131-137. Then that Kāliya, along with his sons and wife, quickly left that pool. Having saluted Govinda he went (elsewhere). The trees on the bank that were formerly scorched by (Kāliya’s) poison, on being seen by Kṛṣṇa quickly bore flowers and fruits. Madhusūdana, the lord, full of all gods, after having attained youth in (due) time, looked after the herd of cows. The best Yadu, with cowherds of his age and with Balarāma, moved in the charming Vṛndāvana. There having killed a very fierce demon of a huge body and of the form of a serpent and as big as Meru and Mandāra (mountains), he reached the forest of Dhenuka having the arbours of palm trees like tāla and hintāla; he entered that charming forest, full of fruits and having arbours of palm trees, and having lifted Dhenuka, of the size of a mountain, and always having the form of an ass (or a cruel form), by seizing his feet, he struck him against a palm tree. At that moment only his keepers rejoiced near him.
138-143. Quickly moving out from that forest they came to the Bhāṇḍīra forest. There they played children’s sports with Rāma and Kṛṣṇa. A demon named Pralamba came there in the guise of a cowherd. Putting Rāma on his back he quickly went to the sky. Knowing him to be a demon Rāma angrily struck his head with his fist; then he, with his body afflicted, fell (down). Roaring with a loud voice in his demonish form only, he, with his head and body broken, and smeared with blood, died. Then Nanda’s son (Kṛṣṇa) remained, in the evening, in Govraja (cow-pen), with the young cowherdesses, sporting in Kaumodavarcasa. The best demon Arista went there in the form of a bull; as he had come to kill Kṛṣṇa, he roared loudly.
144-149. Seeing him, all cowherds, oppressed by fear, ran away. Kṛṣṇa too, seeing the chief of demons to have come, uprooted a palm tree and hurt him with it between his horns. He, with his head and horns broken, and vomiting profuse blood, died while roaring. Thus having killed Ariṣṭa, the chief demon of a huge body, he called the young cowherds, and Jived there only in Govraja (cow-pen). Then after a few days a great demon named Keśin came to Vraja taking up the body of a horse, to kill Govinda. Having gone to that charming Govraja, he neighed loudly. Due to that neighing all the three worlds were filled. All the hosts of gods, thinking it to be the end of the age, were frightened.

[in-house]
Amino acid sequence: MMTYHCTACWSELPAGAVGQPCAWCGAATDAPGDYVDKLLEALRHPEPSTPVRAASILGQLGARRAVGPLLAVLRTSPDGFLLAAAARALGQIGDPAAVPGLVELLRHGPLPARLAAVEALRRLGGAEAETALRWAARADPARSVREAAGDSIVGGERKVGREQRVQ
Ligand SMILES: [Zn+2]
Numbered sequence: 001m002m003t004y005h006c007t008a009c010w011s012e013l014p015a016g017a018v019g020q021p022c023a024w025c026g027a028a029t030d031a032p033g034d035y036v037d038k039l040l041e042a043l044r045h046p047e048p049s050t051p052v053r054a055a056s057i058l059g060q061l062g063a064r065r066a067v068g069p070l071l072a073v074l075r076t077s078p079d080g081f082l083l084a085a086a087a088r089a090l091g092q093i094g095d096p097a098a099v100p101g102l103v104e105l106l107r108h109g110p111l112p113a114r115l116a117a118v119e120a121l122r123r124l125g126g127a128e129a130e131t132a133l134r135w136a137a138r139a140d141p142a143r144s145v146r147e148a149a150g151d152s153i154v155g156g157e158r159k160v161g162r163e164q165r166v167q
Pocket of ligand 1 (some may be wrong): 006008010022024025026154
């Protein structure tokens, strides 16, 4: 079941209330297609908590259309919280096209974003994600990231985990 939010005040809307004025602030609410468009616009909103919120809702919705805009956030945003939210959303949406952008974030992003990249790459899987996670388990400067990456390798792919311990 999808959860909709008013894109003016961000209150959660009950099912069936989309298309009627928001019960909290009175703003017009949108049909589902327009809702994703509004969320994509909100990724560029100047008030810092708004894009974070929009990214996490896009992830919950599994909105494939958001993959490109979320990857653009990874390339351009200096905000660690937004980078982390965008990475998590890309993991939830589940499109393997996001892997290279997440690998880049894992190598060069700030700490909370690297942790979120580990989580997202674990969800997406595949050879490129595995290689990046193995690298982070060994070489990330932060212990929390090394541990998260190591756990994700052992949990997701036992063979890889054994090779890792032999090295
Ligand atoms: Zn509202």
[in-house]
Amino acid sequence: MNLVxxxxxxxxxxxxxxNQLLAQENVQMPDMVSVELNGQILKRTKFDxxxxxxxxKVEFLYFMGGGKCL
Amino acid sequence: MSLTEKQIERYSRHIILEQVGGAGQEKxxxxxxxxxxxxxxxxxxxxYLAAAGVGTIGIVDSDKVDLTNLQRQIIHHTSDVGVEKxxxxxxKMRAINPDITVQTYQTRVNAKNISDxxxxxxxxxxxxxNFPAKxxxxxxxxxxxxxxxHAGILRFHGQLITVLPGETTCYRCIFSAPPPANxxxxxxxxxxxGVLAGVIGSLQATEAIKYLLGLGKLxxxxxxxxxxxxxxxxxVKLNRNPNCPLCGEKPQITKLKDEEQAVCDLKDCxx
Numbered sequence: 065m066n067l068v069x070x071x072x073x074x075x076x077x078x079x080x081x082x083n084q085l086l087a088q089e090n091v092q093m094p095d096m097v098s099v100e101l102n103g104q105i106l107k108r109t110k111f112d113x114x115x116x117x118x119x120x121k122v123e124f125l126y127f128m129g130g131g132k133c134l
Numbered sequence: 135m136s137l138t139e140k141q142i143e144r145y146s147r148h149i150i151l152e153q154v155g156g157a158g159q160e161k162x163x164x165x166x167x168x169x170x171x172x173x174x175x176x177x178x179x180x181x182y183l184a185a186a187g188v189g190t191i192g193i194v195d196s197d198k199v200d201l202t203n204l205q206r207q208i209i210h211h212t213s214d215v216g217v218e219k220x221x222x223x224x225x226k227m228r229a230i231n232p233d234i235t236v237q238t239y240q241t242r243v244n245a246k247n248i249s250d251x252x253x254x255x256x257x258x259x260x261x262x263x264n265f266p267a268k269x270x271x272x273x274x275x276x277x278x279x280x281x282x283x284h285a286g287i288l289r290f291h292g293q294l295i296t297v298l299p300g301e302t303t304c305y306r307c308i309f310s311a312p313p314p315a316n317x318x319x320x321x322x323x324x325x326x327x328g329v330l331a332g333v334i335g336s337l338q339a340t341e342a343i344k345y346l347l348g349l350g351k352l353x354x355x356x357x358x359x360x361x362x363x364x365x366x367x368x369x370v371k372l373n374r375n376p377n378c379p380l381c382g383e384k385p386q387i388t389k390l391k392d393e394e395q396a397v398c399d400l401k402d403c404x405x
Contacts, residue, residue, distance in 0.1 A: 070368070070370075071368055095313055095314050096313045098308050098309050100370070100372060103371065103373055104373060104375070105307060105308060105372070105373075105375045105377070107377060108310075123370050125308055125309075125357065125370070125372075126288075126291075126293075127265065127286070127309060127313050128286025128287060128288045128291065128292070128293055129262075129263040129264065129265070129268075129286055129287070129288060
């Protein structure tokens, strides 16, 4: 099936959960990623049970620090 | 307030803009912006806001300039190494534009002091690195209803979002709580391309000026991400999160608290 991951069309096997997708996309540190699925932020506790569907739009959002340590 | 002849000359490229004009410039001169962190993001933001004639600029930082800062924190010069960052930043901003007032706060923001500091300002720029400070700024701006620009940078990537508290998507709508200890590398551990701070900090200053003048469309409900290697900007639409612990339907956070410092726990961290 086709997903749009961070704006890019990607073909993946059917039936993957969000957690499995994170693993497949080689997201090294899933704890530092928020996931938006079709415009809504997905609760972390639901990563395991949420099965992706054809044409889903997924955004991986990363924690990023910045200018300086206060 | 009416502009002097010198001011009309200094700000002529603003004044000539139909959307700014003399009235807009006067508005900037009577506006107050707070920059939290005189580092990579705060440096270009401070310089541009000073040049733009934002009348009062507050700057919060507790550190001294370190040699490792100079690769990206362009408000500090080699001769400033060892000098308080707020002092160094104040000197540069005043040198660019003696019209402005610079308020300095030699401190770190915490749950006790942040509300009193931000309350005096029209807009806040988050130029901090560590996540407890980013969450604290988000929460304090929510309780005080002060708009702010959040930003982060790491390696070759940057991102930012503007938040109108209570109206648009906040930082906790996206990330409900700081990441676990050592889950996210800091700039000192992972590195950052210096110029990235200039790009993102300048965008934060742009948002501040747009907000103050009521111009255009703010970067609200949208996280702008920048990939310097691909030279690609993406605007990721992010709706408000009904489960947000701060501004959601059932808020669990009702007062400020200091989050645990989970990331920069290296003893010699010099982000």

150-154. All the cowherds and cowherdesses living there were confounded and disturbed. Coming to senses they all ran on all sides. Saying “Protect (us)”, the cowherdesses sought Kṛṣṇa’s shelter. He who loved his devotees, said, “Do not be afraid, do not be afraid.” Then he, the younger brother of Indra, having comforted them, easily and quickly struck with his fist on the head of the demon. With his teeth and eyes broken, he roared very loudly. He (i.e. Kṛṣṇa) lifting a great rock, dropped it on his body. The great demon with his entire body crushed, and roaring with a fierce sound, suddenly dropped on the ground and died.
155-156. Seeing Keśin killed, the hosts of gods in heaven profusely dropped showers of flowers and said, “Well (done), well (done).” Viṣṇu (i.e. Kṛṣṇa) having thus killed in his childhood very powerful demons, just happily rejoiced with Balarāma.
157-162. He was dark like the petals of a blue lotus. His eyes resembled lotus-petals. He wore a yellow garment. He had put on a garland. He was graced with a garland of wood-flowers. His chest shone with the Kaustubha (gem). He had a chaplet on his head, and smearing (of sandal etc.). He was (adorned) with lovely ornaments. He was graced with earrings. He had worn a tulasī-garland. He had put on the mark of musk. His very glossy, dark, curly hair was tied into a braid. He had the head ornaments of a peacock’s plumage with various kinds of flowers tied; the palms of his hands, the soles of his feet and his lips resembled red lotus. Between the sides (shone) his face with the eyebrows resembling the spot on the moon. He shone with necklaces, anklets, armlets and bracelets. The descendant of Yadu, sweetly playing upon the flute remained in the very charming Vṛndāvana, graced with fruits and flowers.
163-167. Seeing Viṣṇu who had despised the beauty of crores of Cupids, all the cowherdesses were tormented by Cupid's missile. Formerly all sages living in Daṇḍaka forest, seeing Rāma desired to enjoy Rāma of a beautiful body. All of them, turned into women, were born in Gokula. Having approached Viṣṇu with love, they were then freed from the ocean of the mundane existence. Since the demons angrily came to Kṛṣṇa, and met with death in the battle, they after being killed, obtained liberation. In the world lust and anger of people are the cause of (their falling into) hell. The cowherdesses, haters of gods (in their former existence), having devoutly approached him, were liberated.